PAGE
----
12:00 AM
 | 
Feb 20, 2001
 |  BioCentury  |  Finance

Ebb & Flow

Knowledge may give weight, but accomplishments give luster, and many more people see than weigh.

- Earl of Chesterfield

Investors took a close look at the genetic map last week, and decided to wait until accomplishments (read:drug leads) come from the data before assigning luster to any one stock. If there was one clear message resonating from news of the map, it was that knowledge of the genetic code will make it more difficult - not less - to pick the next group of successes in the genomics space.

Investors' unwillingness to assign instant value to the accomplishment could be seen in the movement of the 10 genomic stocks tracked by BioCentury. After a hot start on Monday, the group retreated to shed $259.6 million in market cap (2.2 percent) on the week to $11.5 billion (see "Cooling Trend", below). The group is now down $21.4 billion (65.1 percent) from the $32.9 billion valuation prior to the Clinton/Blair comments about the patentability of genes last March. Monday's move drove the group up by $724 million (6.2 percent) to $12.5 billion, led by a $6.15 (15 percent) gain to $47.75 by lead mapper Celera (CRA). CRA was hit by profit taking to close the week at $42.563, up $0.96.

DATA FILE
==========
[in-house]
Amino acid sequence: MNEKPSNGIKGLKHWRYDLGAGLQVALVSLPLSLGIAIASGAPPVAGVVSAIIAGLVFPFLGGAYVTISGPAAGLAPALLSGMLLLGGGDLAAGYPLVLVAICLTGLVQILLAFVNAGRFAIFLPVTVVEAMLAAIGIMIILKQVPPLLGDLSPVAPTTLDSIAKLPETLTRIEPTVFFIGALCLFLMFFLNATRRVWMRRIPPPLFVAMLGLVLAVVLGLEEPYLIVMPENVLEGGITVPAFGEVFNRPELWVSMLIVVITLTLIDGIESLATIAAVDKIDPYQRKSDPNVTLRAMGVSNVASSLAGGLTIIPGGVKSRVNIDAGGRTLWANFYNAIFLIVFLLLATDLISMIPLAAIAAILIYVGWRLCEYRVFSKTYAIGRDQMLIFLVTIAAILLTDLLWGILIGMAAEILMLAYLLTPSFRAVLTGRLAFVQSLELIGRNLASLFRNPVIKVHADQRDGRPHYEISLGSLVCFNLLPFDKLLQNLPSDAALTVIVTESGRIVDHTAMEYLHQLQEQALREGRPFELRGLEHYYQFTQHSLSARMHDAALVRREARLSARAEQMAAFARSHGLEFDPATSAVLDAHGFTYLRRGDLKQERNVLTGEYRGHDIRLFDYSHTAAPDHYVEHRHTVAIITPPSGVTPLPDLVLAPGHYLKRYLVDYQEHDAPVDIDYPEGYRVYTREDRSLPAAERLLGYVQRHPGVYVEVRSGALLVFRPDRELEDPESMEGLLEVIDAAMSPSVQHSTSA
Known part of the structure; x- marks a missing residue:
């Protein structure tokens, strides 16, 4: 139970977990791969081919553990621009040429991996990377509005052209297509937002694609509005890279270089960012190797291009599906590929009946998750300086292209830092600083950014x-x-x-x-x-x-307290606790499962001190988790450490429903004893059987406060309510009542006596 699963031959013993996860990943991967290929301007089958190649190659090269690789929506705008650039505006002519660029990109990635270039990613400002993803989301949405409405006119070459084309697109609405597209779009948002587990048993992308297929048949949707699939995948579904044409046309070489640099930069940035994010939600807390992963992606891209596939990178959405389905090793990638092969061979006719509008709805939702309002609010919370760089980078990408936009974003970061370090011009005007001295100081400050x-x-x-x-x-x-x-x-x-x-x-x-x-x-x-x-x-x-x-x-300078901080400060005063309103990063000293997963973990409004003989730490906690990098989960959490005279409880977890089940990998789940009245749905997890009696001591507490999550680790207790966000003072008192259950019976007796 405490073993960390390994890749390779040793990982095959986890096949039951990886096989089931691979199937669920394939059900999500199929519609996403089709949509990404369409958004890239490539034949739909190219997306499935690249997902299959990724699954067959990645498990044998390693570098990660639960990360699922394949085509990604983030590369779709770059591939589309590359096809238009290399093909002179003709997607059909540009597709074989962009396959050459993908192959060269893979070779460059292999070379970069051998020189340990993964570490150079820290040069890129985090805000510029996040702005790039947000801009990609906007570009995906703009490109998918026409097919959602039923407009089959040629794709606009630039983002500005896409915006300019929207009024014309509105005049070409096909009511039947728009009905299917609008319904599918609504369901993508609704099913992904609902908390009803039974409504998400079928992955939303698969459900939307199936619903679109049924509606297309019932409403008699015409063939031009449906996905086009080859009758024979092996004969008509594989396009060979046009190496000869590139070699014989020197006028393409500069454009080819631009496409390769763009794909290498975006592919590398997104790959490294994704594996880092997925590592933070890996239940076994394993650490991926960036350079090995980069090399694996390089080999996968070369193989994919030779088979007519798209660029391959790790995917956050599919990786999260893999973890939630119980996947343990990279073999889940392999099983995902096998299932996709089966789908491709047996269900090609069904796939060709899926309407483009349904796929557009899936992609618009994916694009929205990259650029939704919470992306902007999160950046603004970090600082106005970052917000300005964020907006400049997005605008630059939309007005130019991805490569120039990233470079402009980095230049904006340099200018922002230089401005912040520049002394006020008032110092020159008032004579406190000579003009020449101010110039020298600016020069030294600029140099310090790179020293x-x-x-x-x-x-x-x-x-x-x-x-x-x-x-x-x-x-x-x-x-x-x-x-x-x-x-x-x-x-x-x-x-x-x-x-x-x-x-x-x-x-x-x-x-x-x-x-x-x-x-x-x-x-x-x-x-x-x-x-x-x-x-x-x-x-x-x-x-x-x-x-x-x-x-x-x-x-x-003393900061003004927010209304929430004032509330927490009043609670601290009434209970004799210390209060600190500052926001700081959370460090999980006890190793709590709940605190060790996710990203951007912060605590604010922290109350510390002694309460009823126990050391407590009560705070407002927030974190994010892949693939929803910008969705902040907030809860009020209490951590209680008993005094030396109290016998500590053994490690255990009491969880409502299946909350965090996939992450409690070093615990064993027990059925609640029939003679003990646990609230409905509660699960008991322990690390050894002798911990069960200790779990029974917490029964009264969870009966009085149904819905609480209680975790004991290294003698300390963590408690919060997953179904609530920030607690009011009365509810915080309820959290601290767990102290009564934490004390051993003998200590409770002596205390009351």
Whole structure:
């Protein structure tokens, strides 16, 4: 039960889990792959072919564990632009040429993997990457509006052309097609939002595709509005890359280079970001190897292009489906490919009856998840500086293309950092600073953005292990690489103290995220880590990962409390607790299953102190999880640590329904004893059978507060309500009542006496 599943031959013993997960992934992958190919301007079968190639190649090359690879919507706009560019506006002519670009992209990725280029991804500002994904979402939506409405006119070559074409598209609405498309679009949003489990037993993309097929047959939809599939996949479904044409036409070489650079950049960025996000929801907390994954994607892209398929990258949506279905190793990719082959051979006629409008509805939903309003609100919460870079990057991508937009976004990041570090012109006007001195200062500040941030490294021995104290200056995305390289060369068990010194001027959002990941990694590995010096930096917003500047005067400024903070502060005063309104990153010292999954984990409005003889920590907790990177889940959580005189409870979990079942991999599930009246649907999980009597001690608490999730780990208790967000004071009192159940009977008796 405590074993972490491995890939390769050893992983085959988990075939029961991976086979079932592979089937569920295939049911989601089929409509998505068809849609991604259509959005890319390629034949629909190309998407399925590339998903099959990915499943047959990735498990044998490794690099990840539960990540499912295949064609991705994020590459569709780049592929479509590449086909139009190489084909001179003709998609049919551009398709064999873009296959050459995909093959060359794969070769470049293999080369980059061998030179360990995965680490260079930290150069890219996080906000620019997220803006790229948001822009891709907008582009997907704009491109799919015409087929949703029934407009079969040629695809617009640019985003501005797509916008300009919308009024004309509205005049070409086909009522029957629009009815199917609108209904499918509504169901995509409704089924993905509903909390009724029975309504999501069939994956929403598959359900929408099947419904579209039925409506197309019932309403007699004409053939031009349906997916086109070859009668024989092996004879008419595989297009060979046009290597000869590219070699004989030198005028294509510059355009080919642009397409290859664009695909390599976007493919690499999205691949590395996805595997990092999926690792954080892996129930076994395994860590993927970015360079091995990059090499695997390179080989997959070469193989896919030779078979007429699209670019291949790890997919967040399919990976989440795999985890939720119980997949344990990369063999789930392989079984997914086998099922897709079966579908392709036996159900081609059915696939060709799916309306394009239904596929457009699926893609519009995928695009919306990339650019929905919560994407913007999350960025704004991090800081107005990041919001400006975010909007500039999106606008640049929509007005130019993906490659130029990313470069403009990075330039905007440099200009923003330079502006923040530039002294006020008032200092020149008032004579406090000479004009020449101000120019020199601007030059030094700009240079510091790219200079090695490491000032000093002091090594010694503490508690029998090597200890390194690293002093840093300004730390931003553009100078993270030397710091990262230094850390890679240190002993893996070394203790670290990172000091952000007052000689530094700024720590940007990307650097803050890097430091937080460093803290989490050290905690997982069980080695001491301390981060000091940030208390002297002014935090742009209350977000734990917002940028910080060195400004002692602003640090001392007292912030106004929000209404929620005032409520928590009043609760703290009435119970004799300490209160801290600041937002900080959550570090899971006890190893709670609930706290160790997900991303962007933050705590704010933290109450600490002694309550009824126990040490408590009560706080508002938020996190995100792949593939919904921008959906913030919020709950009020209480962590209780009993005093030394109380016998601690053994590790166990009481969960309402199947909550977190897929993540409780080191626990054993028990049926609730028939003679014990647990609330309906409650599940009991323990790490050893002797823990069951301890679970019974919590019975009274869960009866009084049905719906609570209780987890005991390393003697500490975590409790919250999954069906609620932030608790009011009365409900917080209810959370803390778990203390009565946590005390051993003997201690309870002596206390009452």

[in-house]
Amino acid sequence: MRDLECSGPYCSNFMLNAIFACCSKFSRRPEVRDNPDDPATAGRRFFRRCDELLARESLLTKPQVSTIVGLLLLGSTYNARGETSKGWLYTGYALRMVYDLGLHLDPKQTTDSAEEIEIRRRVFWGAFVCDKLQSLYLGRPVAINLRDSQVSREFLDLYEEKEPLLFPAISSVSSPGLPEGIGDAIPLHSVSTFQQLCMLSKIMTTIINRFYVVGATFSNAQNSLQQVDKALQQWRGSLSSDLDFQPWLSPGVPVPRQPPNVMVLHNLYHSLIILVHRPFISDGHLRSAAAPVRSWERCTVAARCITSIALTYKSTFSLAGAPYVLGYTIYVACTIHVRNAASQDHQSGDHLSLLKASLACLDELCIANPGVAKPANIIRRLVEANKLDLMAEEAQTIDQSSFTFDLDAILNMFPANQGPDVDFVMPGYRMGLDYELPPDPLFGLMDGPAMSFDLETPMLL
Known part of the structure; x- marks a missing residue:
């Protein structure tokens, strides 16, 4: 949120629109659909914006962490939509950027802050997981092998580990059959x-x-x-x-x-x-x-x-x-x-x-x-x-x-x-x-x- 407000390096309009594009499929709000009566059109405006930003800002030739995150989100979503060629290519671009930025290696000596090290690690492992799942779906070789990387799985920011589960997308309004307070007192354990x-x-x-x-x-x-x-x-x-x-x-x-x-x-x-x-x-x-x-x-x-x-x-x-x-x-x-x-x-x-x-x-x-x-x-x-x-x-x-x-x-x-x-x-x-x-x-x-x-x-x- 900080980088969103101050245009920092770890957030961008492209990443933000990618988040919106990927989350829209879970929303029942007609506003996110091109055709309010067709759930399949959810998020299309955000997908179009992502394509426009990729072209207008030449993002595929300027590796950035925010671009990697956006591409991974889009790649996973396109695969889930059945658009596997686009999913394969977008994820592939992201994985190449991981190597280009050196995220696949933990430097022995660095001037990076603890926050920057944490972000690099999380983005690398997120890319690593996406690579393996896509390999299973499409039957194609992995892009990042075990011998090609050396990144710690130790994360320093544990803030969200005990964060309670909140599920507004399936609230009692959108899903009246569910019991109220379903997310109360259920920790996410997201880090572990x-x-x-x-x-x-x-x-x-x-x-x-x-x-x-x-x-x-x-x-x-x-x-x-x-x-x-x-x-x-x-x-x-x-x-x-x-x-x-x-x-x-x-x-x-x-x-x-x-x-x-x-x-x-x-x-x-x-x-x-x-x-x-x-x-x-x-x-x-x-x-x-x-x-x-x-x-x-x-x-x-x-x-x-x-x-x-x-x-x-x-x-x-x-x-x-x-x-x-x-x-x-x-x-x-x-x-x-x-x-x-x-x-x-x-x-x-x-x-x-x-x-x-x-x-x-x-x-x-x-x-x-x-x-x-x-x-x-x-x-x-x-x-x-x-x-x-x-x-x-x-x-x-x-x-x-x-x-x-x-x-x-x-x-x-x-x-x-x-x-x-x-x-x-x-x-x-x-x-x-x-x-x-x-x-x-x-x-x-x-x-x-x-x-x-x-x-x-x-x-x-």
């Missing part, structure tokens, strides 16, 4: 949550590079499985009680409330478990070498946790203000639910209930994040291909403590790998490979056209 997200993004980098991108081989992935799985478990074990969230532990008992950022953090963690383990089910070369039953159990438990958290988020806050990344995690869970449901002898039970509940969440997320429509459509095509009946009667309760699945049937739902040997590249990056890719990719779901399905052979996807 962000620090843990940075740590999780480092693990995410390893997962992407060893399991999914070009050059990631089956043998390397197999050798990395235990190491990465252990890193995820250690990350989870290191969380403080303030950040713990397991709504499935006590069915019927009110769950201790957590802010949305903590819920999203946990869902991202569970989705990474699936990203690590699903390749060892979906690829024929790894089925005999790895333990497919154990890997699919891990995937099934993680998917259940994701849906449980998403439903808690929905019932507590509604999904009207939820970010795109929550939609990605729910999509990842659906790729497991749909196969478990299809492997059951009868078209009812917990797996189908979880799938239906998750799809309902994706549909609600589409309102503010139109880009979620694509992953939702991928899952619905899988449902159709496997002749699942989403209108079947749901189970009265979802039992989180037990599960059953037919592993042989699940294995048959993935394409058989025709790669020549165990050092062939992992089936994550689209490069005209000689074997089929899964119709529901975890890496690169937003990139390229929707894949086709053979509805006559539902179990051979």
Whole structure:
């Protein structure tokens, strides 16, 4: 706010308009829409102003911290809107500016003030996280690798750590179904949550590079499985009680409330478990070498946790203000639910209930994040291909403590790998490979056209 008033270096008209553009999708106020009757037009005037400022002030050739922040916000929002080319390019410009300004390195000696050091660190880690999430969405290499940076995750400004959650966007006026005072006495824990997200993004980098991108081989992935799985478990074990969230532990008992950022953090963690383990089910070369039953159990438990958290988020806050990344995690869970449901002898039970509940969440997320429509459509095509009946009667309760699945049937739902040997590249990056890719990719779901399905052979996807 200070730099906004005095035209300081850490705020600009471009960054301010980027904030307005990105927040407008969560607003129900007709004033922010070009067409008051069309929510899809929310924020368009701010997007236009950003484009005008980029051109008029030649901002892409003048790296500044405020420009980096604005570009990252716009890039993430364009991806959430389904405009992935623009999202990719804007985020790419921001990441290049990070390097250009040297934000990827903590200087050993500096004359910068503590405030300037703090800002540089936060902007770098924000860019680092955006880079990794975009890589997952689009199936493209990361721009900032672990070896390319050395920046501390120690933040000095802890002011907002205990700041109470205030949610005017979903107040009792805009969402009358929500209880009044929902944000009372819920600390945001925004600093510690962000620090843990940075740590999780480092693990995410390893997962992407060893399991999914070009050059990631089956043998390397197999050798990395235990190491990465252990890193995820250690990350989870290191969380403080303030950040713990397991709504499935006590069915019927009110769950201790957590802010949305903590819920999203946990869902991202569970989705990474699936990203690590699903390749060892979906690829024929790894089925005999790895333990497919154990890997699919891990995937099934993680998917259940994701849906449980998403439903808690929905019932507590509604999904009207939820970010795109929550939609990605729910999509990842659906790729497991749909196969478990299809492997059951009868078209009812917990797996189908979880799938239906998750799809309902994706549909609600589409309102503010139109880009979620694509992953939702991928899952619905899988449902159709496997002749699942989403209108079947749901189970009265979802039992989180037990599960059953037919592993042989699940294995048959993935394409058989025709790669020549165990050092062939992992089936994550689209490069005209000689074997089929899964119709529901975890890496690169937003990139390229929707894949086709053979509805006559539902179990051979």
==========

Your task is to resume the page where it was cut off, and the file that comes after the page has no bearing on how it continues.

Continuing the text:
"People expected the map, so now they are asking what does it mean and who stands to benefit?" said Nicole Vitullo of Domain Partners. She believes the tepid response reflected the Street's understanding that it will take a long time before the data "manifests itself into new and improved therapeutics." Over the near term, she does see the map spurring investment in a new crop of downstream drug service companies.

Wayne Rothbaum, partner at TF/Carson Group, saw the quick sell-off more as a function of the current bear market, in which long-term rallies are difficult to sustain as smart money uses upticks to sell. "Investors are selling into any strength they find. The momentum money is on the sidelines, and when there is any momentum, it gets knocked away," he said.

Sven Borho of OrbiMed Advisors believes investors are taking a wait-and-see attitude after "realizing that the sequencing of the human genome is not going to turn out a ton of new drugs quickly. With data like splice variants and gene fragments coming from the map, everything seems to be getting a little more complex than was previously thought, and investors are disillusioned by that."

Borho also believes that lack of a profitable leader in the genomics space is keeping investors on the sidelines. "We don't have a really successful concept genomics story that's made an impact," he said. "A lot of the companies have a great, sexy technology base, but at the moment, no one has seen a working business model, and that's a bit disheartening." He noted that Affymetrix (AFFX) could change that...

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